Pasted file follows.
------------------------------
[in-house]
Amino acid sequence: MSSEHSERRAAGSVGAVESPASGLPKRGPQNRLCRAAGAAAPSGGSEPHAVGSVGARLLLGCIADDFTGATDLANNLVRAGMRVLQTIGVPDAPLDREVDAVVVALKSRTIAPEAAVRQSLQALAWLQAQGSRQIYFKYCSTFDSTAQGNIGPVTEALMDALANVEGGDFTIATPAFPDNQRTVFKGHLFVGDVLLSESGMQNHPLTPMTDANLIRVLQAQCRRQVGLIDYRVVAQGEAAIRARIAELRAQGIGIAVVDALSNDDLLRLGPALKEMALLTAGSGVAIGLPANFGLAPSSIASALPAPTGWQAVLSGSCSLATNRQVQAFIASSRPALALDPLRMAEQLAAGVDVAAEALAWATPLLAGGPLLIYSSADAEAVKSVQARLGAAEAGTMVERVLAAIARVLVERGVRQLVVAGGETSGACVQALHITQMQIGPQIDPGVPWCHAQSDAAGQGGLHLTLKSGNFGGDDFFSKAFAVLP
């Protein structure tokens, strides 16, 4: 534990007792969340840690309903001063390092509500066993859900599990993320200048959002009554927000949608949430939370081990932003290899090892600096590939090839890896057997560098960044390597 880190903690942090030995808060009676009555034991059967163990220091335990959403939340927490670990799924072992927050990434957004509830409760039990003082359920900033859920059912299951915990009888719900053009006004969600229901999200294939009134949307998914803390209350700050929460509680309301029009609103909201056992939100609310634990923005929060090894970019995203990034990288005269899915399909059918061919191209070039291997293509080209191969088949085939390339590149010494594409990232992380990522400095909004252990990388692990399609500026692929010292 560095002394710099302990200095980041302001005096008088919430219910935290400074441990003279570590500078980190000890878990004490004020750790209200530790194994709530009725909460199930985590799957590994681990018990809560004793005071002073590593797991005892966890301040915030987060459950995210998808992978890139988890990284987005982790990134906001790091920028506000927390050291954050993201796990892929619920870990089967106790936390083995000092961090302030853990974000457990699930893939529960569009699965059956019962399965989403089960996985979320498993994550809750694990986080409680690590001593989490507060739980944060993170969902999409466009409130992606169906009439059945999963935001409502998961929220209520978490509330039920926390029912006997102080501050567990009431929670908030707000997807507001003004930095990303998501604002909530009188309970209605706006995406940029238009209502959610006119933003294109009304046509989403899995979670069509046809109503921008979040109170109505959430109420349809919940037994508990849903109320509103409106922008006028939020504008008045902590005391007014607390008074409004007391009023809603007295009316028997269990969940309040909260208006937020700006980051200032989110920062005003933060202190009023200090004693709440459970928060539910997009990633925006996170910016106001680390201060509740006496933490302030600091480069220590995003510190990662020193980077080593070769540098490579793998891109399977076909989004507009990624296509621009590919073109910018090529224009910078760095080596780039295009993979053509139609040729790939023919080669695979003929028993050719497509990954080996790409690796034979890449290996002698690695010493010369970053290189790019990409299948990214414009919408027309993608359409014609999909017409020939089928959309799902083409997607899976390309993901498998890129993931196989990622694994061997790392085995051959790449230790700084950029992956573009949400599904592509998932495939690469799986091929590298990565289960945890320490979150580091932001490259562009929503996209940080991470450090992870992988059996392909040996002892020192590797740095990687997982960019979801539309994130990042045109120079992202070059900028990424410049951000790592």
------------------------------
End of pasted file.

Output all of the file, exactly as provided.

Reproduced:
[in-house]
Amino acid sequence: MSSEHSERRAAGSVGAVESPASGLPKRGPQNRLCRAAGAAAPSGGSEPHAVGSVGARLLLGCIADDFTGATDLANNLVRAGMRVLQTIGVPDAPLDREVDAVVVALKSRTIAPEAAVRQSLQALAWLQAQGSRQIYFKYCSTFDSTAQGNIGPVTEALMDALANVEGGDFTIATPAFPDNQRTVFKGHLFVGDVLLSESGMQNHPLTPMTDANLIRVLQAQCRRQVGLIDYRVVAQGEAAIRARIAELRAQGIGIAVVDALSNDDLLRLGPALKEMALLTAGSGVAIGLPANFGLAPSSIASALPAPTGWQAVLSGSCSLATNRQVQAFIASSRPALALDPLRMAEQLAAGVDVAAEALAWATPLLAGGPLLIYSSADAEAVKSVQARLGAAEAGTMVERVLAAIARVLVERGVRQLVVAGGETSGACVQALHITQMQIGPQIDPGVPWCHAQSDAAGQGGLHLTLKSGNFGGDDFFSKAFAVLP
């Protein structure tokens, strides 16, 4: 534990007792969340840690309903001063390092509500066993859900599990993320200048959002009554927000949608949430939370081990932003290899090892600096590939090839890896057997560098960044390597 880190903690942090030995808060009676009555034991059967163990220091335990959403939340927490670990799924072992927050990434957004509830409760039990003082359920900033859920059912299951915990009888719900053009006004969600229901999200294939009134949307998914803390209350700050929460509680309301029009609103909201056992939100609310634990923005929060090894970019995203990034990288005269899915399909059918061919191209070039291997293509080209191969088949085939390339590149010494594409990232992380990522400095909004252990990388692990399609500026692929010292 560095002394710099302990200095980041302001005096008088919430219910935290400074441990003279570590500078980190000890878990004490004020750790209200530790194994709530009725909460199930985590799957590994681990018990809560004793005071002073590593797991005892966890301040915030987060459950995210998808992978890139988890990284987005982790990134906001790091920028506000927390050291954050993201796990892929619920870990089967106790936390083995000092961090302030853990974000457990699930893939529960569009699965059956019962399965989403089960996985979320498993994550809750694990986080409680690590001593989490507060739980944060993170969902999409466009409130992606169906009439059945999963935001409502998961929220209520978490509330039920926390029912006997102080501050567990009431929670908030707000997807507001003004930095990303998501604002909530009188309970209605706006995406940029238009209502959610006119933003294109009304046509989403899995979670069509046809109503921008979040109170109505959430109420349809919940037994508990849903109320509103409106922008006028939020504008008045902590005391007014607390008074409004007391009023809603007295009316028997269990969940309040909260208006937020700006980051200032989110920062005003933060202190009023200090004693709440459970928060539910997009990633925006996170910016106001680390201060509740006496933490302030600091480069220590995003510190990662020193980077080593070769540098490579793998891109399977076909989004507009990624296509621009590919073109910018090529224009910078760095080596780039295009993979053509139609040729790939023919080669695979003929028993050719497509990954080996790409690796034979890449290996002698690695010493010369970053290189790019990409299948990214414009919408027309993608359409014609999909017409020939089928959309799902083409997607899976390309993901498998890129993931196989990622694994061997790392085995051959790449230790700084950029992956573009949400599904592509998932495939690469799986091929590298990565289960945890320490979150580091932001490259562009929503996209940080991470450090992870992988059996392909040996002892020192590797740095990687997982960019979801539309994130990042045109120079992202070059900028990424410049951000790592």